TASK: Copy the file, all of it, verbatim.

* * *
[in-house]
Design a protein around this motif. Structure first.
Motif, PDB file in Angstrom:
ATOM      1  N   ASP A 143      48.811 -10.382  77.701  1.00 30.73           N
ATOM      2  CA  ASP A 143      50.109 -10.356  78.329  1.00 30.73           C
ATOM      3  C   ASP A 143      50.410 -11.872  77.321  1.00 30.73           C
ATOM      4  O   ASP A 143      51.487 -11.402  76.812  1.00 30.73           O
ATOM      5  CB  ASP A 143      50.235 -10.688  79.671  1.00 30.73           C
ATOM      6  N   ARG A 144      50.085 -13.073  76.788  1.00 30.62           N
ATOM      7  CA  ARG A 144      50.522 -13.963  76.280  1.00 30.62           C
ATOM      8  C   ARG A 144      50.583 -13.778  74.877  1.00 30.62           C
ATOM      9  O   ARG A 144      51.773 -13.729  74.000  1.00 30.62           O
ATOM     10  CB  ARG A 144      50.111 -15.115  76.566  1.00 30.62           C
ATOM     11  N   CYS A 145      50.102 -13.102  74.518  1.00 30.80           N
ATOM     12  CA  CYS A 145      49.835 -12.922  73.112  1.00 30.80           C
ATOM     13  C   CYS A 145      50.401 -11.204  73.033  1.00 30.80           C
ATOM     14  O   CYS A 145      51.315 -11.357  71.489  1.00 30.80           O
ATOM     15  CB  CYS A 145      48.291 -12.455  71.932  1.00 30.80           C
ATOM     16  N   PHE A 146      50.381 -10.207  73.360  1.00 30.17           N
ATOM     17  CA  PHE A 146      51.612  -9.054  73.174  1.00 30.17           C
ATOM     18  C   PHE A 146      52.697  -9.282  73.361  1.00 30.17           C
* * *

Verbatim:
[in-house]
Design a protein around this motif. Structure first.
Motif, PDB file in Angstrom:
ATOM      1  N   ASP A 143      48.811 -10.382  77.701  1.00 30.73           N
ATOM      2  CA  ASP A 143      50.109 -10.356  78.329  1.00 30.73           C
ATOM      3  C   ASP A 143      50.410 -11.872  77.321  1.00 30.73           C
ATOM      4  O   ASP A 143      51.487 -11.402  76.812  1.00 30.73           O
ATOM      5  CB  ASP A 143      50.235 -10.688  79.671  1.00 30.73           C
ATOM      6  N   ARG A 144      50.085 -13.073  76.788  1.00 30.62           N
ATOM      7  CA  ARG A 144      50.522 -13.963  76.280  1.00 30.62           C
ATOM      8  C   ARG A 144      50.583 -13.778  74.877  1.00 30.62           C
ATOM      9  O   ARG A 144      51.773 -13.729  74.000  1.00 30.62           O
ATOM     10  CB  ARG A 144      50.111 -15.115  76.566  1.00 30.62           C
ATOM     11  N   CYS A 145      50.102 -13.102  74.518  1.00 30.80           N
ATOM     12  CA  CYS A 145      49.835 -12.922  73.112  1.00 30.80           C
ATOM     13  C   CYS A 145      50.401 -11.204  73.033  1.00 30.80           C
ATOM     14  O   CYS A 145      51.315 -11.357  71.489  1.00 30.80           O
ATOM     15  CB  CYS A 145      48.291 -12.455  71.932  1.00 30.80           C
ATOM     16  N   PHE A 146      50.381 -10.207  73.360  1.00 30.17           N
ATOM     17  CA  PHE A 146      51.612  -9.054  73.174  1.00 30.17           C
ATOM     18  C   PHE A 146      52.697  -9.282  73.361  1.00 30.17           C